Computerized Dental Implant Placement – This advanced system for pre-surgical positioning of dental implants uses a 3D model of the patient’s jaw. Once the implant type is selected, a template is developed for optimal treatment success, even for complex cases.
3-D Cone Beam Imaging – Ideal for diagnoses and treatment planning, these images provide a clear view of the upper and lower jaw, used for: intricate review of tooth roots; periodontics; orthodontics; dental implants: TMJ; and prosthodontics, as well as dental and maxillofacial surgery. Because cone beam radiographs show sagittal, axial, and coronal planes, locating and tracking nerve canals optimizes implant placement. The process is quick, painless and at minimal levels of radiation.
CareStream Cone Beam Computer Tomography Imaging – This enhanced tomography works with 3D imaging for exceptional detail and range.
LANAP With PerioLase MVP 7 (Laser-Assisted New Attachment Procedure) – Is an advanced protocol that efficiently and effectively treats advanced gum disease with the added advantages of a dental laser. This offers a non-surgical alternative for patients with moderate to severe periodontal disease. LANAP treatment leaves very little discomfort and has a quick recovery time. It has also been found to stimulate bone regrowth in damaged areas.
CS 3600 Intraoral Scanner – Rather than make impressions with bulky, goopy trays, this scanner quickly and comfortably captures digital impressions accurately and easily for creating precision models or appliances (crowns, inlays, onlays, bridges, orthodontic appliances and aligners, custom abutments). The scanner can also reach difficult–to–access areas in the patient’s mouth for superior results with improved patient comfort.
When it comes to comfort, we are able to offer patients the highest level of relaxation through I.V. sedation (“twilight sleep”). Also available is oral sedation, which is in pill form for enhanced relaxation. While both options have an amnesiac effect, I.V. sedation places the patient in a deeper sedative state. It is administered by a doctor of anesthesiology for optimal comfort and safety. With both, patients are closely monitored with advanced safety equipment throughout treatment.
We know that dental fear is often the foundation of tooth loss, causing many adults to delay or avoid dental care for years. Here, our entire team are sincerely committed to patients in a compassionate and respectful manner.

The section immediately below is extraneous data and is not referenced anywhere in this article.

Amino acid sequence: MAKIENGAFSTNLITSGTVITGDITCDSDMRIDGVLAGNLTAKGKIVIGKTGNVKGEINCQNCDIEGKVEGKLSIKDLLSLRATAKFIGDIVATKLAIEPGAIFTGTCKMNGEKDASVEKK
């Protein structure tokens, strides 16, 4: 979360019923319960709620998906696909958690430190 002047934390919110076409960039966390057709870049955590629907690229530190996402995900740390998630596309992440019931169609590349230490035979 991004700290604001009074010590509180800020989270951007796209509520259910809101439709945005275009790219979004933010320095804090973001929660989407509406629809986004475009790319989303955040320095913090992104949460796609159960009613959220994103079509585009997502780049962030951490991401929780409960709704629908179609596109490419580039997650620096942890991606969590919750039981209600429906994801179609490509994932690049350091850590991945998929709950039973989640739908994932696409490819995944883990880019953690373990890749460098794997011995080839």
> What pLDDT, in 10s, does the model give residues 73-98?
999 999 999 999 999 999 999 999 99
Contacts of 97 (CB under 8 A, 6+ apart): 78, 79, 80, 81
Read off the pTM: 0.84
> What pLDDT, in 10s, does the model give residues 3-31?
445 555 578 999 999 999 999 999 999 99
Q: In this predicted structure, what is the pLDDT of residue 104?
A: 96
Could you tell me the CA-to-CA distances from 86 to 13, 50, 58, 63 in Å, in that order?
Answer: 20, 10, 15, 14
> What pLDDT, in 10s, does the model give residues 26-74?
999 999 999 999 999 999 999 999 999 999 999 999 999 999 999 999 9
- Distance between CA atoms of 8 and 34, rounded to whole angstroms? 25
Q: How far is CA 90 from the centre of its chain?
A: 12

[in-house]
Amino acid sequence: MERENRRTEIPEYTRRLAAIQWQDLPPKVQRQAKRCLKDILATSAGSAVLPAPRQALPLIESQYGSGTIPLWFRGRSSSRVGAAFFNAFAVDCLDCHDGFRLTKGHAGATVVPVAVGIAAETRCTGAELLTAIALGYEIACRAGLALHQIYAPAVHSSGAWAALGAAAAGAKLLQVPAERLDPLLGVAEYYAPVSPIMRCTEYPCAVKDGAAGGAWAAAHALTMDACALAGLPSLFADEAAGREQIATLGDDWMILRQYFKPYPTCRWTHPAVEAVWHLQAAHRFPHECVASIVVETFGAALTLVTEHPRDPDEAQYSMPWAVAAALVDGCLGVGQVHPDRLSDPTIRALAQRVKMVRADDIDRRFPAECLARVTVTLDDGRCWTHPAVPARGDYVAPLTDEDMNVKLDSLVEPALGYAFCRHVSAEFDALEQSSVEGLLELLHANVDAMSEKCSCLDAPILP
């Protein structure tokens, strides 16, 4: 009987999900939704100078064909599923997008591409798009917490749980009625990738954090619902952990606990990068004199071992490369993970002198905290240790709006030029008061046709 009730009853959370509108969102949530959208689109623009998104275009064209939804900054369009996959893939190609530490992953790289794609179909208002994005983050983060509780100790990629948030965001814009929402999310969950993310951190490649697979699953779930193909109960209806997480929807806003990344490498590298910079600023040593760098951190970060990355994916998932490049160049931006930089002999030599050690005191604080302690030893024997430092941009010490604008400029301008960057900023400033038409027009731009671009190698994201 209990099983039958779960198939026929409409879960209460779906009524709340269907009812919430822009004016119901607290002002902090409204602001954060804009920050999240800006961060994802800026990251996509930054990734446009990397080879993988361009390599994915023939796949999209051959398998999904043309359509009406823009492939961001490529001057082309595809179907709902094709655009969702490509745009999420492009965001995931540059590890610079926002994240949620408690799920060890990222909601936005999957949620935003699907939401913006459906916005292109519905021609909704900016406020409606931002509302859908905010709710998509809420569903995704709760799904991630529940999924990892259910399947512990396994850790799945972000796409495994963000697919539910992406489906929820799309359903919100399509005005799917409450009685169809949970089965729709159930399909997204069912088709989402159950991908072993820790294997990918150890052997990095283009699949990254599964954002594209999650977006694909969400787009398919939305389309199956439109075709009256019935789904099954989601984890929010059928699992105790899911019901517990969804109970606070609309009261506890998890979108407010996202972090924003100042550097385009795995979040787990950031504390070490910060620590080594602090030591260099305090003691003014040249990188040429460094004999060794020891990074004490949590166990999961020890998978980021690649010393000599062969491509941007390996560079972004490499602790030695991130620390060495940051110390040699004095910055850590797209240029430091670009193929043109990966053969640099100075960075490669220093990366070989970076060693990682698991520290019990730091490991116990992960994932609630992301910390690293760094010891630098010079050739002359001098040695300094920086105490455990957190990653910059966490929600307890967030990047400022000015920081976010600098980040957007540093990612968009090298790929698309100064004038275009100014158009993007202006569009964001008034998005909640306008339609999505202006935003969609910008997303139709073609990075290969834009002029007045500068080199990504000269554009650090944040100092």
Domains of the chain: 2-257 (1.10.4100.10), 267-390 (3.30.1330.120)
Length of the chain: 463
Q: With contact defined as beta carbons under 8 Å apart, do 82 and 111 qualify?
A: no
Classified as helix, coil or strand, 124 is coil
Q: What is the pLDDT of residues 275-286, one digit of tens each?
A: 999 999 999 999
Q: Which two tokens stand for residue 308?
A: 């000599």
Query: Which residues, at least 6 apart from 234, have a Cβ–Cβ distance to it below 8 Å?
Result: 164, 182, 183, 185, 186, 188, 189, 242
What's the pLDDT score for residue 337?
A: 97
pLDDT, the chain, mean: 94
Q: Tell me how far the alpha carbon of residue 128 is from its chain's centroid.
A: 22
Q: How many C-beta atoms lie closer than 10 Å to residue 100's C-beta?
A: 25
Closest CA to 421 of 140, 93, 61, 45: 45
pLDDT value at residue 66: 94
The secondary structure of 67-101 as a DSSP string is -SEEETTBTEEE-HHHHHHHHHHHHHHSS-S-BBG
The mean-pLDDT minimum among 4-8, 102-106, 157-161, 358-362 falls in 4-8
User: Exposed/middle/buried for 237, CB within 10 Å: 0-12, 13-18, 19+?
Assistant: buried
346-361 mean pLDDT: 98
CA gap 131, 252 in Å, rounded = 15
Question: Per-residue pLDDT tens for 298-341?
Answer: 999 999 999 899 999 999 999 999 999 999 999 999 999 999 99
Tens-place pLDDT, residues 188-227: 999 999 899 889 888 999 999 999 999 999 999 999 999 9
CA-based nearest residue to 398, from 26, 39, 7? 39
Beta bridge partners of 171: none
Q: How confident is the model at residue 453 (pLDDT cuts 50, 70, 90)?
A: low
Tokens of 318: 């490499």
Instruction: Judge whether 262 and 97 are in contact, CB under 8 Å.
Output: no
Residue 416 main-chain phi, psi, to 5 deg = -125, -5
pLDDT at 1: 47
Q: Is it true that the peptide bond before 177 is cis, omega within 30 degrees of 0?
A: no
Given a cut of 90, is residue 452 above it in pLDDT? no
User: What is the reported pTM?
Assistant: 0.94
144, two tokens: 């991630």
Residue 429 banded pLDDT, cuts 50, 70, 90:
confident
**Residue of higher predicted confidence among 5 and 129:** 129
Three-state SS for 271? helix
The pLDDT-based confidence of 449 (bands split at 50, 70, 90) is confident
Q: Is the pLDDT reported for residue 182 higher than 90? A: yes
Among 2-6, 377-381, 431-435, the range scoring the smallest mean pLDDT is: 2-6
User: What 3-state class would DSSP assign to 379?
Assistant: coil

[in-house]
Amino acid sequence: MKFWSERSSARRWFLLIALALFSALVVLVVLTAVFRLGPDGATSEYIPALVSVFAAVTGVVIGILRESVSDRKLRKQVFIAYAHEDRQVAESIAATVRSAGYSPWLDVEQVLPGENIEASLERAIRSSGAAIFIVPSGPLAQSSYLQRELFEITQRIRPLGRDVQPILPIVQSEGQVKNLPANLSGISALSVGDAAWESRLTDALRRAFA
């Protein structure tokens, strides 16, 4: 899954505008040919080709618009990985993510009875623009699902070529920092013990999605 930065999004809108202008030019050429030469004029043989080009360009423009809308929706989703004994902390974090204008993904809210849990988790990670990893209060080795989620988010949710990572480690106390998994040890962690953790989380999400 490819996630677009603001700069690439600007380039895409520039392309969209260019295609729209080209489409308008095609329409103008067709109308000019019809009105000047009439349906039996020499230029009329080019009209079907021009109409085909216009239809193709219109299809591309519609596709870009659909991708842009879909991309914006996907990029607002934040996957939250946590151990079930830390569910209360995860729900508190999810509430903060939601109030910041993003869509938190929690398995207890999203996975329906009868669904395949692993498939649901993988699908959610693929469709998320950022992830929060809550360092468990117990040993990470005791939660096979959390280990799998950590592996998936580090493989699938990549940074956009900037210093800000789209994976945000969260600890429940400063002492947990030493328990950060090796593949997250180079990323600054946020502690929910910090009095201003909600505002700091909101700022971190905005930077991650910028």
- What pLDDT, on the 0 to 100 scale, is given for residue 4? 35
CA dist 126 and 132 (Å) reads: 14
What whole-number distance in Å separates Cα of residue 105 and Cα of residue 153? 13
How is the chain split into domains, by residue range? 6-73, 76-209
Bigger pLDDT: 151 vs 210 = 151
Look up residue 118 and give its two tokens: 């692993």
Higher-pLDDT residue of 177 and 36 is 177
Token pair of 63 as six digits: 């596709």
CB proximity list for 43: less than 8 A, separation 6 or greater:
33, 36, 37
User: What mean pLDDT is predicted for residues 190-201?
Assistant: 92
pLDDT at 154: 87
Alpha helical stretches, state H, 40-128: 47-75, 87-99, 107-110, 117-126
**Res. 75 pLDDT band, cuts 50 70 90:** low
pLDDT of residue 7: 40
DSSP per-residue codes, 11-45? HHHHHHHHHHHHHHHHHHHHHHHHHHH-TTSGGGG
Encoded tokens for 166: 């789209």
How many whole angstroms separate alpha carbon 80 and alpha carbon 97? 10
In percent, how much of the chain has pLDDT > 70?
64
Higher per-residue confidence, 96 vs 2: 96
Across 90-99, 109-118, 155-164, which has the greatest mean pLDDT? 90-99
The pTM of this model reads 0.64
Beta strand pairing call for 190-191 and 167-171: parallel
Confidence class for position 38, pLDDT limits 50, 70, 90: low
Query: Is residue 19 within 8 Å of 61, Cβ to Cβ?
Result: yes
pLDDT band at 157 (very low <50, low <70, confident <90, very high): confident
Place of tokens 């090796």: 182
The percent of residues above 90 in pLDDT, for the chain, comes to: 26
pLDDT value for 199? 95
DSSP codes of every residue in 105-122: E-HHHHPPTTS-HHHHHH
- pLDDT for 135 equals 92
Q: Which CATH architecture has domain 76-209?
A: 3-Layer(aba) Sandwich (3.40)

After placement and restoration, it is important for dental implant patients to be highly committed to maintaining good oral hygiene. Although Dental Implants themselves do not experience decay, the gum tissues and bone supporting the implants are as susceptible to oral bacteria as before. When oral bacteria infection (gum disease) penetrates to the implant site positions, the only way to treat the infection may involve removal of the implant.
For a lifetime of confident smiles with your implants, we will work with your general dentist to help you maintain ideal oral health. This may involve instructions for thorough oral hygiene at home and dental check-ups scheduled for every four months rather than twice a year. During these visits, the condition of your gums will be assessed and a hygienist will remove accumulated oral bacteria to reduce risk to your implants.
Dental implants are designed to last a lifetime and are the closest thing to the natural teeth you once had. Too, the restored ability to bite, chew, speak and laugh without worry can be a tremendous boost to one’s self-esteem and self-confidence.
If you are considering dental implants to replace missing teeth, we invite you to begin with a consultation appointment. This will take place in a private room where we can discuss your needs and concerns. From there, you can determine what pace is best for you.
Call 828-274-9440 to schedule, or tap here for more contact information.